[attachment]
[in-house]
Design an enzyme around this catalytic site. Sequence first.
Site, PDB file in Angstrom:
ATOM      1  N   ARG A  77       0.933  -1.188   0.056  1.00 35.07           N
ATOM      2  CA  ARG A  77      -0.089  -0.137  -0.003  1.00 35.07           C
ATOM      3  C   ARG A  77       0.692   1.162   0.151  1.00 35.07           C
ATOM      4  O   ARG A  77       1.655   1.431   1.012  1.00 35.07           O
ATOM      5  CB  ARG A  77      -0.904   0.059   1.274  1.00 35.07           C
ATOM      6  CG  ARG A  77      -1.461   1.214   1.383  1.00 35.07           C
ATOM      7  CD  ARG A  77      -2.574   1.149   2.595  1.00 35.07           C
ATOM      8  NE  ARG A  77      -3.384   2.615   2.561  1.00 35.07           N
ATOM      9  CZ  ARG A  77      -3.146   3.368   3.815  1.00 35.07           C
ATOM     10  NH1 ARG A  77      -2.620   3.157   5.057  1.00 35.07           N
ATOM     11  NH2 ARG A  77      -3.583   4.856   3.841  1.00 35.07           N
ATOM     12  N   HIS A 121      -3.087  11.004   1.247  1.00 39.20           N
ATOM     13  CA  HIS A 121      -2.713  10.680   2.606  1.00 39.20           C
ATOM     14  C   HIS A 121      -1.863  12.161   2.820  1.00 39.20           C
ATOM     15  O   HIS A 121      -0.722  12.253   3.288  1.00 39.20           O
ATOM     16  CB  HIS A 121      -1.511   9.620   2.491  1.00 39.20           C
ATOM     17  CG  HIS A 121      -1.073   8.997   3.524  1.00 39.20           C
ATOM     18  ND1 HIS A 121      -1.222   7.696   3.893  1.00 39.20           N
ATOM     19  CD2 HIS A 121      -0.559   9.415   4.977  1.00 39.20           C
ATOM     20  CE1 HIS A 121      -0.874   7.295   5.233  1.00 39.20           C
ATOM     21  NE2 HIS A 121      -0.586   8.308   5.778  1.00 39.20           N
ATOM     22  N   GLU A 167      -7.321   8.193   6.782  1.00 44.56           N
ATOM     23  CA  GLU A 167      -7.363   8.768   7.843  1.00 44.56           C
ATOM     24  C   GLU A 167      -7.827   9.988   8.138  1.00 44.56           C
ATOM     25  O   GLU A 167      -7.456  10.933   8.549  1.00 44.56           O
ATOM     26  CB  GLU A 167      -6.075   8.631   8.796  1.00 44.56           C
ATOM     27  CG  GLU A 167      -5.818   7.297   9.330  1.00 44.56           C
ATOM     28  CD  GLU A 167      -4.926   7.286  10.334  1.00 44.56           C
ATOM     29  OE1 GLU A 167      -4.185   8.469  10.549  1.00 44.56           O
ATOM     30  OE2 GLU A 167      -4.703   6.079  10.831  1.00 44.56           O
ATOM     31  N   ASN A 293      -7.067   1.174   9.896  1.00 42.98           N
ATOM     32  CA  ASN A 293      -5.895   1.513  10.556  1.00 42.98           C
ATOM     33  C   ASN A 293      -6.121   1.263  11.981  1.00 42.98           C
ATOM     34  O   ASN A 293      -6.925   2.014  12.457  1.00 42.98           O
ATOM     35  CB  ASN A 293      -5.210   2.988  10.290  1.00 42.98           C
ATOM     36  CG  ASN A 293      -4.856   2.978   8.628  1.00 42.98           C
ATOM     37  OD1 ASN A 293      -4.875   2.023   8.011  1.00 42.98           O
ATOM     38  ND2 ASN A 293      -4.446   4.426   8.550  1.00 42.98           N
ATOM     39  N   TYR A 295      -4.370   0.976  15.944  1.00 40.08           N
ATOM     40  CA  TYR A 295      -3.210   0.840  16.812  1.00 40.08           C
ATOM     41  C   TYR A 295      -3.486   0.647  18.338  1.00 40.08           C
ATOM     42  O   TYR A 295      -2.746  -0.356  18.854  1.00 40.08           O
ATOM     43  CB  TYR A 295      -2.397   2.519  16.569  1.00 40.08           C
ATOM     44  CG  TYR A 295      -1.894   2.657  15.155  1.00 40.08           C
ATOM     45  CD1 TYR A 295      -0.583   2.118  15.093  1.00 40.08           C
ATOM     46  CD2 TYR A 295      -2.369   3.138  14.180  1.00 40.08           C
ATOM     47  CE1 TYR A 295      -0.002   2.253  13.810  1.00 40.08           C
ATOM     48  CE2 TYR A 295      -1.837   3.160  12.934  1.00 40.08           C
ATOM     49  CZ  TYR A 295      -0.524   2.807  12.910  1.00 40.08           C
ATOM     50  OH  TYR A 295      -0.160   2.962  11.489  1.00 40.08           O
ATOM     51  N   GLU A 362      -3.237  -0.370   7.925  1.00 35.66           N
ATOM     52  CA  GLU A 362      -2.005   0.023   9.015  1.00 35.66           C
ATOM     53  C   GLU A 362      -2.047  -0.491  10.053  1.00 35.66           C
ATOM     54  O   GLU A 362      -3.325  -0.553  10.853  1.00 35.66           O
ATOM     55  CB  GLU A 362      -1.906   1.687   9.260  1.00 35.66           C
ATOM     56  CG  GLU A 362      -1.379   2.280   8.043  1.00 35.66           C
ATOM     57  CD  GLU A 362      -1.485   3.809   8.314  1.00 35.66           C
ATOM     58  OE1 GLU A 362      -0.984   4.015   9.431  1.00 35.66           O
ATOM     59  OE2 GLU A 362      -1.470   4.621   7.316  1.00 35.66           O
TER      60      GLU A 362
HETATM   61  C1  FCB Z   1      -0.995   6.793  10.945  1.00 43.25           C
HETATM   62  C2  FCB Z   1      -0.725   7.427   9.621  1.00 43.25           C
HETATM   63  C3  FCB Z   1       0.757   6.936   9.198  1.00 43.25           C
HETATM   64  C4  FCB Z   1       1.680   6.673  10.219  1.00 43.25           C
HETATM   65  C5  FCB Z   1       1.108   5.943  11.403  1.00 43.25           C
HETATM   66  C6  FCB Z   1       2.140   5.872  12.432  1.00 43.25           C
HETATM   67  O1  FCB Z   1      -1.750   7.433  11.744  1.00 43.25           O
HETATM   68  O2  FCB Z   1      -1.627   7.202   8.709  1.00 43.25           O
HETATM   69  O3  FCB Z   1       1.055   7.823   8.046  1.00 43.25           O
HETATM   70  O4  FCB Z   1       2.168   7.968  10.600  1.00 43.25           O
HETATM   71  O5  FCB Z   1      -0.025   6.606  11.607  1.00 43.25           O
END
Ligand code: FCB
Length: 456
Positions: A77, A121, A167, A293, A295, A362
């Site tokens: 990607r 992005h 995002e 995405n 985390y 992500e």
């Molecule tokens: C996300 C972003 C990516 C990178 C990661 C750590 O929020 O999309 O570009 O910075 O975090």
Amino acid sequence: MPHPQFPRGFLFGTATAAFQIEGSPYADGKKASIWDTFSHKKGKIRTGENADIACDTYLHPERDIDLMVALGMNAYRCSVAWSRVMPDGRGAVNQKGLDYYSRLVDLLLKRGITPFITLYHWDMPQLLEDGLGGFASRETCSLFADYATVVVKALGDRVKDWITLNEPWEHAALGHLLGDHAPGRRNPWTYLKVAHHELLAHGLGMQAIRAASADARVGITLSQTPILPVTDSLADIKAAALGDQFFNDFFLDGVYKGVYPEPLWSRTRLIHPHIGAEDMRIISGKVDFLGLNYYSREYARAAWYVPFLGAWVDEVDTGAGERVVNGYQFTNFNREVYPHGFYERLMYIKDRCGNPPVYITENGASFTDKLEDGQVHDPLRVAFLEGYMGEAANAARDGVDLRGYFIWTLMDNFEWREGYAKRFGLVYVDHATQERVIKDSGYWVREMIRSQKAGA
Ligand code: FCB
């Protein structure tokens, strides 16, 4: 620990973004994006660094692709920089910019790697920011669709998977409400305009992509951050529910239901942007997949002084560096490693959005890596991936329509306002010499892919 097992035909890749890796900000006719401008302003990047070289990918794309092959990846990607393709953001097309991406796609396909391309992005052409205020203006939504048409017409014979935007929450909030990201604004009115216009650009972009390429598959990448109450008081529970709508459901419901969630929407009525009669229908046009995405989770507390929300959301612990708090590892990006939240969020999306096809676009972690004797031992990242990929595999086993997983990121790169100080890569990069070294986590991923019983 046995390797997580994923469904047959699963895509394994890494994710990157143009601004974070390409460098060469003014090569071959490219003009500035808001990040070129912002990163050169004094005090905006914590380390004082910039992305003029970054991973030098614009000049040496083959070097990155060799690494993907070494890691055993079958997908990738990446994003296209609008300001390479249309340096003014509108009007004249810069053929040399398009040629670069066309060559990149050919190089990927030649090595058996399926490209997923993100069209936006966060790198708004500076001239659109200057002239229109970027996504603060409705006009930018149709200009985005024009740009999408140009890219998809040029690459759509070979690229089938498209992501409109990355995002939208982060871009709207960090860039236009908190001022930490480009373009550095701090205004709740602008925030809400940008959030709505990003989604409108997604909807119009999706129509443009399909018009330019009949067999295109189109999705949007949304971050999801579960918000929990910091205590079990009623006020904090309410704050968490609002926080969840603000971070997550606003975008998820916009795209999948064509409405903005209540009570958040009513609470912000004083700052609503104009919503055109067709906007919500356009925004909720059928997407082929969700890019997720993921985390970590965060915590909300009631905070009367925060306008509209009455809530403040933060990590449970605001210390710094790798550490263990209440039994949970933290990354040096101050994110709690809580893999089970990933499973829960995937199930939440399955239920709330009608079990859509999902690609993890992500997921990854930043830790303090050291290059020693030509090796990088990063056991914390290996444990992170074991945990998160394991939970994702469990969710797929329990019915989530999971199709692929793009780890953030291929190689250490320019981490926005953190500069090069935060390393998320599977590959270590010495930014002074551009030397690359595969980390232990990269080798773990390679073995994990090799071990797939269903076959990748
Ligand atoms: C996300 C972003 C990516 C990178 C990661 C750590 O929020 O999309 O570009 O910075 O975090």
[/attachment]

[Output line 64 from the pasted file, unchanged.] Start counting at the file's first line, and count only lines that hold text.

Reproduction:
HETATM   61  C1  FCB Z   1      -0.995   6.793  10.945  1.00 43.25           C